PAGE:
On that day, in a game against the Denver Nuggets, Neal was on the wrong end of the dunk of the year, by J.R. Smith. There are multiple copies of the video on YouTube, and combined they've got about a million views.
Here's the thing, though. The Spurs won that game, and Neal was a +10. He was only 2-of-7 from the field, but the week since has been kinder to Neal. With Spurs backup point guard George Hill out with a sprained toe, Neal has played at least 26 minutes in each of the last three games. He's averaging 18.3 PPG in that stretch, including back-to-back games with 22 points. Over the last three games, he's San Antonio's second-leading scorer (behind Tony Parker), helping the team extend its win streak to 10 games.
To many around the league, Neal's emergence as a legitimate bench scoring threat has been something of a surprise, particularly in light of his poster moment, but getting dunked on is nothing compared to what Neal had to go through in college. Neal started his career at La Salle, where he was the Atlantic 10 freshman of the year, and averaged 18.6 PPG in two seasons. However, before the 2004-05 season, Neal was dismissed from school after being accused of rape. He was eventually acquitted, but because of multiple issues surrounding the incident, he couldn't return to school.
Neal landed at Towson University, my alma mater, where it became clear that he was the best basketball talent to ever grace the school. Though the team never really achieved much success during Neal's tenure, he was unstoppable. In just 17 games as a junior, he scored a team-high 444 points, and would have ranked as one of the nation's top scorers if he'd played enough to qualify. As a senior, he did qualify and finished 5th in the nation with a 25.3 PPG average, becoming one of only three players to score 1,000 points at two different Division I schools.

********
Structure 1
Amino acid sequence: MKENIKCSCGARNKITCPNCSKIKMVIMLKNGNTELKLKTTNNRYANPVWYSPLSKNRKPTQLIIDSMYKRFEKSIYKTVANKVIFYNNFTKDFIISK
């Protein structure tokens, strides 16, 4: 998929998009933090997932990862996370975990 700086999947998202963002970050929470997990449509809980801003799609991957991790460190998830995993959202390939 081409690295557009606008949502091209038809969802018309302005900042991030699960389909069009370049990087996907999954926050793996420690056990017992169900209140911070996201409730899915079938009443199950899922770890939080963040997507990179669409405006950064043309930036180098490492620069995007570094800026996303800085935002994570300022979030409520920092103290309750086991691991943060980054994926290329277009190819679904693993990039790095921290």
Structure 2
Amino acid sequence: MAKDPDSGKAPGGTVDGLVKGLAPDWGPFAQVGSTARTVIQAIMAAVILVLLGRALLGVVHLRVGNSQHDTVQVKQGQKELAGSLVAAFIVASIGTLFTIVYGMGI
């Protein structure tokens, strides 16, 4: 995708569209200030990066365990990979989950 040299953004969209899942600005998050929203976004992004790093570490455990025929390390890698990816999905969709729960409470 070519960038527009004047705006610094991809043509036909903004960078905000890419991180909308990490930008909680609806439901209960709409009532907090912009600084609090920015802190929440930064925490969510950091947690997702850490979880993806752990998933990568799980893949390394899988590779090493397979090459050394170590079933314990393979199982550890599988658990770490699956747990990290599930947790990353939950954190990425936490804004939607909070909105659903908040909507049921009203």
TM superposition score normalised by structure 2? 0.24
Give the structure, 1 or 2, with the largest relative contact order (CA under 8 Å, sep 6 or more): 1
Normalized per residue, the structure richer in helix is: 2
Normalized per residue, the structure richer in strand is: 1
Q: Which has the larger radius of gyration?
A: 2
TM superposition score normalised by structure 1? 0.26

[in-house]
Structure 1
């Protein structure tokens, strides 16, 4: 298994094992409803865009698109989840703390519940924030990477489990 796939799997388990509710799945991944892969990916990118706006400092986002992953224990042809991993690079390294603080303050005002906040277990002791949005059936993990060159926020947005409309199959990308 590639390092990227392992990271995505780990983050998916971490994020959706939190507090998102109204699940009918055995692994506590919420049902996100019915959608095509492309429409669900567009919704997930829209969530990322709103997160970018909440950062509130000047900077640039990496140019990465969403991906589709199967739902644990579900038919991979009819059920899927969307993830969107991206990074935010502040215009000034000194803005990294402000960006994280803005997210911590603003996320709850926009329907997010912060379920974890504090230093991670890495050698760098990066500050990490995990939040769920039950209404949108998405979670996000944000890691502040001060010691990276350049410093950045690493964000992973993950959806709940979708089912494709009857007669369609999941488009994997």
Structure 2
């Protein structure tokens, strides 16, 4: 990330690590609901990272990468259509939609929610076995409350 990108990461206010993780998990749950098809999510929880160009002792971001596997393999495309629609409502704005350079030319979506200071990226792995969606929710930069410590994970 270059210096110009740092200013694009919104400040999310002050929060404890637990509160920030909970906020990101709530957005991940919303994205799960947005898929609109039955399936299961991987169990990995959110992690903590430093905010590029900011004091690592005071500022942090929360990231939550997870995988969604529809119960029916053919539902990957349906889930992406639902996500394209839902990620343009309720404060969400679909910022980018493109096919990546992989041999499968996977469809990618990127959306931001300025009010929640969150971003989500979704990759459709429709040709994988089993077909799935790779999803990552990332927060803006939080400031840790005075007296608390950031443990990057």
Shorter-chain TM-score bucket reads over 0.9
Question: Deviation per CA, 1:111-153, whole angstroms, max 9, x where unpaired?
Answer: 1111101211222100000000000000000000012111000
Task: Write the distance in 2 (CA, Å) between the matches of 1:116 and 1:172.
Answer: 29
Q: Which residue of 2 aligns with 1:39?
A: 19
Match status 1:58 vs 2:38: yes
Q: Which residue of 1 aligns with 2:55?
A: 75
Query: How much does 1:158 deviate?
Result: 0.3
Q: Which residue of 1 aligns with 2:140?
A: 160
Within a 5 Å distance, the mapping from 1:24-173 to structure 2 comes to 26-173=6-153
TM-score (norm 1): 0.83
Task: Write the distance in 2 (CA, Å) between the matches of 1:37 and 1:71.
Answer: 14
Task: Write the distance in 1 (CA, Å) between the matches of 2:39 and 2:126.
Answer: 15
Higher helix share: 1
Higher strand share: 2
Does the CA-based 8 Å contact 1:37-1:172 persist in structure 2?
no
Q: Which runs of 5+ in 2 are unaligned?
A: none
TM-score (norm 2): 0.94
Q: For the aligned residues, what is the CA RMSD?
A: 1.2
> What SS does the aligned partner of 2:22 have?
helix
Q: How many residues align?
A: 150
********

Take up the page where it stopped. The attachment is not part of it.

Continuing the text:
Despite that success, Neal went undrafted in 2007. There's no way of knowing if the rape allegation played a role in that, but it's just as likely that NBA scouts were skeptical of a player coming out of Towson. Prior to Neal, the school had produced just one NBA player: Kurk Lee, who had a brief stint with the Nets in the 1990-91 season. However, as Neal continued to produce in Europe, his natural scoring ability couldn't be ignored anymore. He lit it up this summer with the Spurs summer league team, earning a multi-year deal in the process.
Being realistic, it's unlikely that Neal is going to continue his recent run of success, if only because Hill will return to the Spurs at some point and cut into Neal's minutes. But Neal is a lot more than "the guy J.R. Smith dunked on", and he deserves credit for his unlikely success.